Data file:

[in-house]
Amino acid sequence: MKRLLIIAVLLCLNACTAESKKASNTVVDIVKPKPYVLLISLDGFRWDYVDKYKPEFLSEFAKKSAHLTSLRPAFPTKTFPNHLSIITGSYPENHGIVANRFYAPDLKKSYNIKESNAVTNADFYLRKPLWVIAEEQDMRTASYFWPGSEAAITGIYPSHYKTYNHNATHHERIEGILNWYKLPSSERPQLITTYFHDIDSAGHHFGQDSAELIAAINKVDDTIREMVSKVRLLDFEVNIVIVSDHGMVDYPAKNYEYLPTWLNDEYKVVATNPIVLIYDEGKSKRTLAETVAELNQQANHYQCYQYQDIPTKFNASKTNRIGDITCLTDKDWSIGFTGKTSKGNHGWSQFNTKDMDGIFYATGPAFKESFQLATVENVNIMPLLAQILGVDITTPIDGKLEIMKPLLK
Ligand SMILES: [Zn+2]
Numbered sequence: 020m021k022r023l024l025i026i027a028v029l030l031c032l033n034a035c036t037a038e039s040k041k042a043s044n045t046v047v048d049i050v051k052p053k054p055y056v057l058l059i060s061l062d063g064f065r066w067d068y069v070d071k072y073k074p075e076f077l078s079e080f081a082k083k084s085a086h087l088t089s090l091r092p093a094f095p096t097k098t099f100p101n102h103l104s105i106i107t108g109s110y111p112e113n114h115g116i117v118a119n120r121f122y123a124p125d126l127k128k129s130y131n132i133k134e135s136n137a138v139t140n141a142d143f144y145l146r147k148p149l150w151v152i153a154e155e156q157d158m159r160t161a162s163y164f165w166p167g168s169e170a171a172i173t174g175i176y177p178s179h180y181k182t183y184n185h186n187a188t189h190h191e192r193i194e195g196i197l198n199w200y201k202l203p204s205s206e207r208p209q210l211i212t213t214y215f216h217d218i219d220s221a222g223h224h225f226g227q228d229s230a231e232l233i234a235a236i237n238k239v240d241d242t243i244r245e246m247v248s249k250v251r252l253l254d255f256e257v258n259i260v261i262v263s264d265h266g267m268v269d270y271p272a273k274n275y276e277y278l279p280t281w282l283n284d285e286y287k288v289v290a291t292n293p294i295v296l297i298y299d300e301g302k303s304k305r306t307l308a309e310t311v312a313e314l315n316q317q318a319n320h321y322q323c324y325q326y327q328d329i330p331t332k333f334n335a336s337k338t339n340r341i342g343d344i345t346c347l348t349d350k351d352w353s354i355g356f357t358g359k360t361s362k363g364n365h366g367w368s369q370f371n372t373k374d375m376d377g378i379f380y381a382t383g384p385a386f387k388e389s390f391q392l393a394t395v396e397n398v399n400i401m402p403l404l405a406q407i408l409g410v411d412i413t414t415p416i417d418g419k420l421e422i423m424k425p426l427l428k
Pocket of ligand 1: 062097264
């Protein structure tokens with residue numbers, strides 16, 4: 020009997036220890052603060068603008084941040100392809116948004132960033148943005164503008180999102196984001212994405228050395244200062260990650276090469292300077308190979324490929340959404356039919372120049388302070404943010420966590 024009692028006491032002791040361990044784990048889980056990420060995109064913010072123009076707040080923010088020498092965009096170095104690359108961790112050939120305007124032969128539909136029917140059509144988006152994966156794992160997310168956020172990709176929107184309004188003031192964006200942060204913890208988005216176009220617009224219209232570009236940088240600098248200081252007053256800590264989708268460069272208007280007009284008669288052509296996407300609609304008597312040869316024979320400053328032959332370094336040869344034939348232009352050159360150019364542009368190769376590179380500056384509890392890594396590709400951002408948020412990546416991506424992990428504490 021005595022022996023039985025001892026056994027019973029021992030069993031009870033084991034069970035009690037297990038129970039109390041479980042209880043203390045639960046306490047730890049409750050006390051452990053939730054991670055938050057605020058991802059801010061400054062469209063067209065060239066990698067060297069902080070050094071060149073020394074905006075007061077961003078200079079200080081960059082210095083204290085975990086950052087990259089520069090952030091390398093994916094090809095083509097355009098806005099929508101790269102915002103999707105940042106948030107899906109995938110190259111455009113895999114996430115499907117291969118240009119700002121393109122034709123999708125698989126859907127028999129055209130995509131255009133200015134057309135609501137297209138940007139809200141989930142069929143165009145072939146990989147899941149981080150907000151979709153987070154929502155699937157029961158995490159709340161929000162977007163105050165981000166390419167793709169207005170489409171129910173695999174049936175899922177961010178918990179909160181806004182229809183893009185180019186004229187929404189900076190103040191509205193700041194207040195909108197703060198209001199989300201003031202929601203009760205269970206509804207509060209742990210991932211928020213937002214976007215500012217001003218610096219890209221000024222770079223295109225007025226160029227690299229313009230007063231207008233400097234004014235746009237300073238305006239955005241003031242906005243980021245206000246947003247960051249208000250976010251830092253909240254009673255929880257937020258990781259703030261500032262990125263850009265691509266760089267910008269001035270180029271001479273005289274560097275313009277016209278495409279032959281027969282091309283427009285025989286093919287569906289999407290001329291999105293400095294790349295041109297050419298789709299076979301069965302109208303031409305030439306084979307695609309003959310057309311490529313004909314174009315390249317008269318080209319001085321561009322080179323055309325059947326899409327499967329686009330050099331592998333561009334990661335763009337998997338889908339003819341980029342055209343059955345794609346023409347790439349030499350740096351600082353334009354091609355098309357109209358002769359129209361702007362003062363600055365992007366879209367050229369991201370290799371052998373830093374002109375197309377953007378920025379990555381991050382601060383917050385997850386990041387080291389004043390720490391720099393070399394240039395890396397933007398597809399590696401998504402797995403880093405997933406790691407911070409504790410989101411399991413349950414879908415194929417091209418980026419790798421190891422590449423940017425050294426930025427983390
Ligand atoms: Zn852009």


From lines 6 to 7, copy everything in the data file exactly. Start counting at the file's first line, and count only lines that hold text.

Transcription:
């Protein structure tokens with residue numbers, strides 16, 4: 020009997036220890052603060068603008084941040100392809116948004132960033148943005164503008180999102196984001212994405228050395244200062260990650276090469292300077308190979324490929340959404356039919372120049388302070404943010420966590 024009692028006491032002791040361990044784990048889980056990420060995109064913010072123009076707040080923010088020498092965009096170095104690359108961790112050939120305007124032969128539909136029917140059509144988006152994966156794992160997310168956020172990709176929107184309004188003031192964006200942060204913890208988005216176009220617009224219209232570009236940088240600098248200081252007053256800590264989708268460069272208007280007009284008669288052509296996407300609609304008597312040869316024979320400053328032959332370094336040869344034939348232009352050159360150019364542009368190769376590179380500056384509890392890594396590709400951002408948020412990546416991506424992990428504490 021005595022022996023039985025001892026056994027019973029021992030069993031009870033084991034069970035009690037297990038129970039109390041479980042209880043203390045639960046306490047730890049409750050006390051452990053939730054991670055938050057605020058991802059801010061400054062469209063067209065060239066990698067060297069902080070050094071060149073020394074905006075007061077961003078200079079200080081960059082210095083204290085975990086950052087990259089520069090952030091390398093994916094090809095083509097355009098806005099929508101790269102915002103999707105940042106948030107899906109995938110190259111455009113895999114996430115499907117291969118240009119700002121393109122034709123999708125698989126859907127028999129055209130995509131255009133200015134057309135609501137297209138940007139809200141989930142069929143165009145072939146990989147899941149981080150907000151979709153987070154929502155699937157029961158995490159709340161929000162977007163105050165981000166390419167793709169207005170489409171129910173695999174049936175899922177961010178918990179909160181806004182229809183893009185180019186004229187929404189900076190103040191509205193700041194207040195909108197703060198209001199989300201003031202929601203009760205269970206509804207509060209742990210991932211928020213937002214976007215500012217001003218610096219890209221000024222770079223295109225007025226160029227690299229313009230007063231207008233400097234004014235746009237300073238305006239955005241003031242906005243980021245206000246947003247960051249208000250976010251830092253909240254009673255929880257937020258990781259703030261500032262990125263850009265691509266760089267910008269001035270180029271001479273005289274560097275313009277016209278495409279032959281027969282091309283427009285025989286093919287569906289999407290001329291999105293400095294790349295041109297050419298789709299076979301069965302109208303031409305030439306084979307695609309003959310057309311490529313004909314174009315390249317008269318080209319001085321561009322080179323055309325059947326899409327499967329686009330050099331592998333561009334990661335763009337998997338889908339003819341980029342055209343059955345794609346023409347790439349030499350740096351600082353334009354091609355098309357109209358002769359129209361702007362003062363600055365992007366879209367050229369991201370290799371052998373830093374002109375197309377953007378920025379990555381991050382601060383917050385997850386990041387080291389004043390720490391720099393070399394240039395890396397933007398597809399590696401998504402797995403880093405997933406790691407911070409504790410989101411399991413349950414879908415194929417091209418980026419790798421190891422590449423940017425050294426930025427983390
Ligand atoms: Zn852009």